pilgrim path and then down. In the horror movie this would be the point where a beautiful local
would tend to my ankle with her mystical enchantments. No doubt the smell of silage and clouds
of insects were discouraging the fair folk of Tipperary from doing the same- I made my own way
down. I took a short detour before the river, to see a large standing stone in a neat Hawthorn
grove, before returning to the car. I fed the village dog as I got the boots off. A fine day,
full of scents and flowers and ancient sacred spaces. It had taken a leisurely 3.5h, but allow
another 30 mins for photos, invocations to Pan or any ritual sacrifices you deem necessary.
Photo: No1Grumbler, Eerie megalithic stone, for sacrifice perhaps?
SOUTH: Brandon spectacle
A fantastic ascent of Brandon via the Paternoster Lakes by member mh400nt, and a
beautiful video to accompany his trip.
mh400nt on Brandon, (Cnoc Bréanainn):
Parked at Q49155 08556 and went up the road towards Lough Avoonane. Shot off to the right before getting to the final rise to the lake and head in the direction of Lough Cruttia. You can go along the fence but you'll have to drop down bit to be able to cross another fence near a group of trees on the rivers edge, see pic.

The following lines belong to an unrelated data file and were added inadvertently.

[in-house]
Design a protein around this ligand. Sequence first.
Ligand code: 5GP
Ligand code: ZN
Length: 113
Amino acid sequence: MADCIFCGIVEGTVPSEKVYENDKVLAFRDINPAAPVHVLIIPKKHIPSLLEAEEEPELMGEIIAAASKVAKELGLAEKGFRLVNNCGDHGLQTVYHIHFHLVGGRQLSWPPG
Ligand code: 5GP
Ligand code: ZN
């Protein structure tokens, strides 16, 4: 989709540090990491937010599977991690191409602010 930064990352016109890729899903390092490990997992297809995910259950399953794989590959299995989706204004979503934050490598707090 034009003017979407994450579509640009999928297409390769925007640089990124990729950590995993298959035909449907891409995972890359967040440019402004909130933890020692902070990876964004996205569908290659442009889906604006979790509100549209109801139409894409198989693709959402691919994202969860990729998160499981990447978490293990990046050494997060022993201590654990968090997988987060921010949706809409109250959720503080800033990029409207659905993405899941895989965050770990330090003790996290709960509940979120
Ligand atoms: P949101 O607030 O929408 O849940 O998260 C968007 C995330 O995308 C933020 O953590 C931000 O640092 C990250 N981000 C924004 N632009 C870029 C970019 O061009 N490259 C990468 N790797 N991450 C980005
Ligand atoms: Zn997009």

Once over that, go around Cruttia on the right and work your way up thru so ... ... Click here ...
SOUTH: Varied terrain from Annascaul lake
Member glencree enjoyed an interesting and varied ascent of Beenoskeee in Central
glencree on Beenoskee, (Binn os Gaoith):
We took the route suggested in the short summary with a gradual climb via the track from Lough Annascaul. Emerging from the U shaped valley the terrain is grassy and involves a gradual ascent to Stradbally, followed by the rocky traverse to Beenoskee. The rock gives way to grass again on the col before ascending Coombane, to return again to the rocky track to the lake. ... Click here ...
SOUTH: Lung-bursting ascent
A vertigo-inducing, leg-wearying ascent of Broaghnabinnia in the Dunkerrons via the
Bridia Valley was a rewarding if exhausting effort, writes glencree.
glencree on Broaghnabinnia, (Bruach na Binne):
We went up from the Bridia valley, which is an extremely steep ascent and not for anyone prone to vertigo. Although the summit is achieved in a short distance, the climb/scramble requires care and concentration. The views on a clear day are extensive in all directions. It might not be the most exciting summit (as others have noted) but the relief of getting there is adequate compensation- it fe ... ... Click here ...
EAST: A typical Wicklow top, bur fine views.